Tuesday, September 21, 2010

Where are the (machine vision) virgins?

Sure, there are always engineers getting their hands dirty with machine vision for the first time, but they’re invariably working in companies where the preferred machine products have already been selected. This means the newbies never get the chance to shop around to buy the vision product of their choice.

I haven’t done a scientific survey, but I don’t think there are many places out there in the wide world of manufacturing that represent virgin territory for machine vision vendors. Most companies already have their favorite products – DVT was perhaps the best example – and they are loath to incur the time and expense of getting up to speed with a completely new product. They might look around from time to time and realize that the vendor they’re not using has a slightly superior product, but they know a new release will be coming soon, and besides, there’s always more than one way to skin a cat.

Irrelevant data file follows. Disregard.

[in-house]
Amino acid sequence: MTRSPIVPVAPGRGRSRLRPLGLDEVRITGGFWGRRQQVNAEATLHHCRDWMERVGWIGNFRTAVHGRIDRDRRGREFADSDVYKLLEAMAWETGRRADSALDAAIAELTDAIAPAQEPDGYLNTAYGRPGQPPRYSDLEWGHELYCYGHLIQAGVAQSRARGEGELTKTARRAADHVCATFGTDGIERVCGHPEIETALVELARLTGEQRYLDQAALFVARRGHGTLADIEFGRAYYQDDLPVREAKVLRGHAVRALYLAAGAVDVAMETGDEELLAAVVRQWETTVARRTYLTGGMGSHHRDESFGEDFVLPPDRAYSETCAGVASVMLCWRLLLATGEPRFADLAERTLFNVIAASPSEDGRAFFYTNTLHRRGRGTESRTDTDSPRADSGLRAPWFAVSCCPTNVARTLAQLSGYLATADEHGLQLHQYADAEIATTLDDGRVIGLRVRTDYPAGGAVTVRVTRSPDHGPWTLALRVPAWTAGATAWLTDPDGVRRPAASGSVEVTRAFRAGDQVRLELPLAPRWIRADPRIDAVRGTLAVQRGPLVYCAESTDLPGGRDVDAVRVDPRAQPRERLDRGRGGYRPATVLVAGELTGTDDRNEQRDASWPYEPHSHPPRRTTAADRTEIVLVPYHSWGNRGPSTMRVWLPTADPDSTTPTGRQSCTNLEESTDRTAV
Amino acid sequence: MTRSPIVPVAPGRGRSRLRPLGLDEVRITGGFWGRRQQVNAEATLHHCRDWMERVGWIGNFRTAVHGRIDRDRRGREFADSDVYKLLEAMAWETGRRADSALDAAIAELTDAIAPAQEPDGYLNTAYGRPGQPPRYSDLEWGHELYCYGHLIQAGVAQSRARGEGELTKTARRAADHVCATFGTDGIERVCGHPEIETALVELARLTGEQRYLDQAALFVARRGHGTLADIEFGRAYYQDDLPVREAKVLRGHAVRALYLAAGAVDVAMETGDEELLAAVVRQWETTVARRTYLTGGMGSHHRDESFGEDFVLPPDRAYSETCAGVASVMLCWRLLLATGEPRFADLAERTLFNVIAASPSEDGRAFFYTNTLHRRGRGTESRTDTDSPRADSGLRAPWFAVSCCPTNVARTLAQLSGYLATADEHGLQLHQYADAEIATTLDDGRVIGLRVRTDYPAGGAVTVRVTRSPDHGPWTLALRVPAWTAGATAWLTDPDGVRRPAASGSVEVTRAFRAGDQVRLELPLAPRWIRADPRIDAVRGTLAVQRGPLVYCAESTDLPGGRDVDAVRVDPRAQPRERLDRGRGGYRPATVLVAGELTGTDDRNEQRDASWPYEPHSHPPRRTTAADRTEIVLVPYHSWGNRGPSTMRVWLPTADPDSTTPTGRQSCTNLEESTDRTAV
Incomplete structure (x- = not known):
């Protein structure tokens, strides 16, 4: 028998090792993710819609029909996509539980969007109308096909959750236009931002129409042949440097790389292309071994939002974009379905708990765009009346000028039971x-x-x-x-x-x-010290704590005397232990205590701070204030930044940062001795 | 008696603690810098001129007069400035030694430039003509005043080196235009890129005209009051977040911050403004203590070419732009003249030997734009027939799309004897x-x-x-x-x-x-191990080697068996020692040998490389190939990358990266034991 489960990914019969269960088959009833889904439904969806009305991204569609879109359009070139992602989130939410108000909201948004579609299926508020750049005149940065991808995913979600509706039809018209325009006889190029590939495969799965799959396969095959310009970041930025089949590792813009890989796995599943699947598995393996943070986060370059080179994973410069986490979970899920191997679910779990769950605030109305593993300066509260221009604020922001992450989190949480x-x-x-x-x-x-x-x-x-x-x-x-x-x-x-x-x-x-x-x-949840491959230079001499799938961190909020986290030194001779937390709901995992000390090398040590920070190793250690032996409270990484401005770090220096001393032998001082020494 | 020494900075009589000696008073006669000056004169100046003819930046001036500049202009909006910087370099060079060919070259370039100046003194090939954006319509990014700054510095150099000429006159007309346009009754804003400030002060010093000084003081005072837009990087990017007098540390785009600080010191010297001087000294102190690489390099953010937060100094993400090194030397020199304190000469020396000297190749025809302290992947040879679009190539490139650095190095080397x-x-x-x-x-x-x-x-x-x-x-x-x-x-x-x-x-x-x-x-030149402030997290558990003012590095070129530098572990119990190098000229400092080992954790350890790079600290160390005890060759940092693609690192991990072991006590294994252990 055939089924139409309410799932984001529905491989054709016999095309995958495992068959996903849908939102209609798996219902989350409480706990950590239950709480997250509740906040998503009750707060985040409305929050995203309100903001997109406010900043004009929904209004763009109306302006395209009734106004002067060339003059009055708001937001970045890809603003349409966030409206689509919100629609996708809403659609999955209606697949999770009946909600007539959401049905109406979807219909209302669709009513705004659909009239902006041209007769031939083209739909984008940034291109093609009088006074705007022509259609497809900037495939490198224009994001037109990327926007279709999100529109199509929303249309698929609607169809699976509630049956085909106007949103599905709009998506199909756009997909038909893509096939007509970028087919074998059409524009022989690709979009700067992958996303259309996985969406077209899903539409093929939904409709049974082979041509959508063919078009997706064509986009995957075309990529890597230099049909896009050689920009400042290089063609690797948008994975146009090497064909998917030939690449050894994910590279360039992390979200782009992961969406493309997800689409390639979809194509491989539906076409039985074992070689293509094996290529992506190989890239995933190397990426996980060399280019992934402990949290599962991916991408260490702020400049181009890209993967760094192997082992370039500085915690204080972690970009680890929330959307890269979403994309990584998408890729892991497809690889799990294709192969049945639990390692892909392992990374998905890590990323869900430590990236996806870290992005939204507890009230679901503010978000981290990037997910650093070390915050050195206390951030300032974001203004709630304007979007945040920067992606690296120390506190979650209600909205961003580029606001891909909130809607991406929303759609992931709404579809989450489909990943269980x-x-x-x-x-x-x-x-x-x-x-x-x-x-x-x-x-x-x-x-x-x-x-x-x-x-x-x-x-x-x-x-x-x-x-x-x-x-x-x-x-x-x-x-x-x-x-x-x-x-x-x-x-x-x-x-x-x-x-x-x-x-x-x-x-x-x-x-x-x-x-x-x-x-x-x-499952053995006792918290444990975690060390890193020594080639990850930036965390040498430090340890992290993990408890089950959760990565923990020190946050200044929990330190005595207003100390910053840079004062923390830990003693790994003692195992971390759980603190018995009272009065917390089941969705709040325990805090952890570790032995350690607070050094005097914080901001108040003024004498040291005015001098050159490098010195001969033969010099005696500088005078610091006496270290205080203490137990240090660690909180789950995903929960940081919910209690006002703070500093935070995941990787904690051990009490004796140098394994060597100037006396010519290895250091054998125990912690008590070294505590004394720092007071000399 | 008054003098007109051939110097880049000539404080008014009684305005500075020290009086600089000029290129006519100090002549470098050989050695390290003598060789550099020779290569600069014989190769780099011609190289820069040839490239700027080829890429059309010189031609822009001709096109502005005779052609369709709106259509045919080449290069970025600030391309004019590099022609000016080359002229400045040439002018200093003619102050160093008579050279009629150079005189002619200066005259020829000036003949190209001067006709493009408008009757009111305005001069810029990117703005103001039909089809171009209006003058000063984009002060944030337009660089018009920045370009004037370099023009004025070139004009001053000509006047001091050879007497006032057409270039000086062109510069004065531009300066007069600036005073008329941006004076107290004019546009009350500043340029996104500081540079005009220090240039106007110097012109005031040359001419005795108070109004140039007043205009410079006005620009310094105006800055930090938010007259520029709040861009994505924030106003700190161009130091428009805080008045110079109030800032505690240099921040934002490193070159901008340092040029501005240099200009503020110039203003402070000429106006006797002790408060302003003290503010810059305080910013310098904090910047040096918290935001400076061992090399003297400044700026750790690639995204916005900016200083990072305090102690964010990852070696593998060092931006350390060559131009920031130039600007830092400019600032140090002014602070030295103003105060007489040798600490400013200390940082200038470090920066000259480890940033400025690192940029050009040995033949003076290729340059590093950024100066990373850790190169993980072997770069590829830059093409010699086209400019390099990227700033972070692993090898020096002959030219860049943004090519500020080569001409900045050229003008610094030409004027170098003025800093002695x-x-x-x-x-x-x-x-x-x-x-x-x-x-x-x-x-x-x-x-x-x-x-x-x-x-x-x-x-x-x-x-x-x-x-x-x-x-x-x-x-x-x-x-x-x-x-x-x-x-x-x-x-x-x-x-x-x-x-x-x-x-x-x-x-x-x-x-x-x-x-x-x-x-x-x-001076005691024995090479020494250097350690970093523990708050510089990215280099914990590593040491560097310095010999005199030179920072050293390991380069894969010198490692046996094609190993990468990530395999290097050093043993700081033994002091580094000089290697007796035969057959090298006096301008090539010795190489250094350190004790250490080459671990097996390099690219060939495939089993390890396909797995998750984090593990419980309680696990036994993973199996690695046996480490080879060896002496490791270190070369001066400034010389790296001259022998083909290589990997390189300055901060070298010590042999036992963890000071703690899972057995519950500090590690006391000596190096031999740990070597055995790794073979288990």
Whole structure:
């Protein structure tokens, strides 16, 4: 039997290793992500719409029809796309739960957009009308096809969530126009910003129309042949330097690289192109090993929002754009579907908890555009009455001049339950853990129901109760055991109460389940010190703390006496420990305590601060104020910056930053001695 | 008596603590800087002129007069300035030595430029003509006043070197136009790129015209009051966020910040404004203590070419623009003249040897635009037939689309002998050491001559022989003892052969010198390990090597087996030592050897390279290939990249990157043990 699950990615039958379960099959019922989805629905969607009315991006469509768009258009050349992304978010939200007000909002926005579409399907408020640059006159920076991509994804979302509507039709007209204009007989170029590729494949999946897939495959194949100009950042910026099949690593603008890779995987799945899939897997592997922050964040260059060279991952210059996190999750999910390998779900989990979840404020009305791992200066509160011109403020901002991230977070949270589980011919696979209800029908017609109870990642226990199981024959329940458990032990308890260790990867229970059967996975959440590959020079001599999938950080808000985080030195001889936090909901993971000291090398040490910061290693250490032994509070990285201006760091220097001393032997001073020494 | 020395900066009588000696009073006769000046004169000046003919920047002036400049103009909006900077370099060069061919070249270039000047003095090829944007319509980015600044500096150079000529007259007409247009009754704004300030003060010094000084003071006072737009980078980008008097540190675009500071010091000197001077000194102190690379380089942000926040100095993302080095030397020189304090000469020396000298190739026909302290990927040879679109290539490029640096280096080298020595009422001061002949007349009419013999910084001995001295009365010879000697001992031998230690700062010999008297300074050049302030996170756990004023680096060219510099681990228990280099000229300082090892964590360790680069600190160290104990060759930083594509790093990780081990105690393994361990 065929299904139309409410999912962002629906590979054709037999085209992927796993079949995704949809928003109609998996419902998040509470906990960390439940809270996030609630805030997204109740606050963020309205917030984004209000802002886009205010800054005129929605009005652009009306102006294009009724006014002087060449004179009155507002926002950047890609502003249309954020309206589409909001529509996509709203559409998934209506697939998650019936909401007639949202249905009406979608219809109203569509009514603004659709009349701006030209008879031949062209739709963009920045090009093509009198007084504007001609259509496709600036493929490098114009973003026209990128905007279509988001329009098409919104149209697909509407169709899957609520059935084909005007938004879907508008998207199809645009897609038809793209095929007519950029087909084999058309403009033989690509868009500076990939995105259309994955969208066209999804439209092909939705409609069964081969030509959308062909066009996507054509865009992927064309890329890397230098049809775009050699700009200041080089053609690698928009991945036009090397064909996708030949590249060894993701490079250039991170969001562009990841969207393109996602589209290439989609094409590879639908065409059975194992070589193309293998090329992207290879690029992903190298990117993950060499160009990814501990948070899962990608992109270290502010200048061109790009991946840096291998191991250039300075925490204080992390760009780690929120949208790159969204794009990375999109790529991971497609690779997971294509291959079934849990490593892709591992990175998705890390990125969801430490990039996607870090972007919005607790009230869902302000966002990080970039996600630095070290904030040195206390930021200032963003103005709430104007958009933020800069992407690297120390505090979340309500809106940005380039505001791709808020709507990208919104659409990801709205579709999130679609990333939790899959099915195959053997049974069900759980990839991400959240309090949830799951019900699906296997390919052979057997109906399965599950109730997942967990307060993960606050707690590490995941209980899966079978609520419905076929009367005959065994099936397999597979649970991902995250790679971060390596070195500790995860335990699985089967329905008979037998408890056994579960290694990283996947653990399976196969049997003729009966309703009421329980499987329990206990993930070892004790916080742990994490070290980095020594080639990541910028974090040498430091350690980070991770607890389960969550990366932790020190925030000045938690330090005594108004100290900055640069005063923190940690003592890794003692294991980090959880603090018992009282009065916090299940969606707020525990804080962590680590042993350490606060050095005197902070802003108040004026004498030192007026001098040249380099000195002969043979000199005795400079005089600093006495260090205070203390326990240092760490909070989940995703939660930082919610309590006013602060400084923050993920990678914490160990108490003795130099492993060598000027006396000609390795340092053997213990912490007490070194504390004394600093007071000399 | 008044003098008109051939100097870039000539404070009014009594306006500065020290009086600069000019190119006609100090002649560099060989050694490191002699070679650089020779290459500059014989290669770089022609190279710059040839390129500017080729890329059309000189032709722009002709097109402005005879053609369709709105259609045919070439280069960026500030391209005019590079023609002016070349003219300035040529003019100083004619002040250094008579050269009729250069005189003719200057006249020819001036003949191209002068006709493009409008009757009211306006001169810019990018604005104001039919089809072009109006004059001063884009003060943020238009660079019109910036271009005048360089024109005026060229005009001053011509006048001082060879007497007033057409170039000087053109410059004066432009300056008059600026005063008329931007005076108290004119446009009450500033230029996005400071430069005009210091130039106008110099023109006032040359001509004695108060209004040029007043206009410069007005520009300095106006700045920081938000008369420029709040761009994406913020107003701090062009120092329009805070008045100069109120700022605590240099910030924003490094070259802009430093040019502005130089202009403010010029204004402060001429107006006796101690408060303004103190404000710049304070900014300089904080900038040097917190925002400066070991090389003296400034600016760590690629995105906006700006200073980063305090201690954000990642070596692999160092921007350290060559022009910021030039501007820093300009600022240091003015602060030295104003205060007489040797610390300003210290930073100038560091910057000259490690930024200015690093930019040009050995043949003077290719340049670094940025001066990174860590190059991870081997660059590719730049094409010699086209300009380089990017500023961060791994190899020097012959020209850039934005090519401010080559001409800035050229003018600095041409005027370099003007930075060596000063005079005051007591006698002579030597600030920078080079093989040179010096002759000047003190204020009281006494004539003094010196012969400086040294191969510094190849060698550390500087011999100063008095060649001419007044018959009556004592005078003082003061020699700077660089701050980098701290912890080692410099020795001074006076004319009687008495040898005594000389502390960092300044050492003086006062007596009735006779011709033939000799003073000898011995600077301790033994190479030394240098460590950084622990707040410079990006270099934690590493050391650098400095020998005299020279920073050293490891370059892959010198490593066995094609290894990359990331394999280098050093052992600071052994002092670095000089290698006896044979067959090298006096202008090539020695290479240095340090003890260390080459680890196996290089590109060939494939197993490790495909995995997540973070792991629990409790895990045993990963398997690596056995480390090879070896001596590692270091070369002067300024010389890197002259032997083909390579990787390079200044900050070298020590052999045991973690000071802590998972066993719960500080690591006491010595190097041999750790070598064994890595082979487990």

And is this organizational inertia a bad thing? Well compare it with the lanes of equally slow moving traffic on a city freeway. Does the guy who keeps switching lanes make faster progress? Sure, he keeps busier than the rest of us plodders but his net gain is usually next to nothing.

And so it is with each level of sophistication of machine vision. Yes, moving from smart cameras to PC-based products will give you extra capabilities, but switching from one smart camera make to another achieves very little.

So what does this mean for the vendors? How can they grow market share when we’re all quite happy with what we have now thank you?

I wish I had an earth-shaking answer but I’m afraid all I can offer is that trite business school saying of “Innovate!” I think what I’m really saying is, if you Mister machine vision vendor, want me to adopt your product, it has to offer a real step change over what I have now, and unfortunately that just doesn’t seem to happen.

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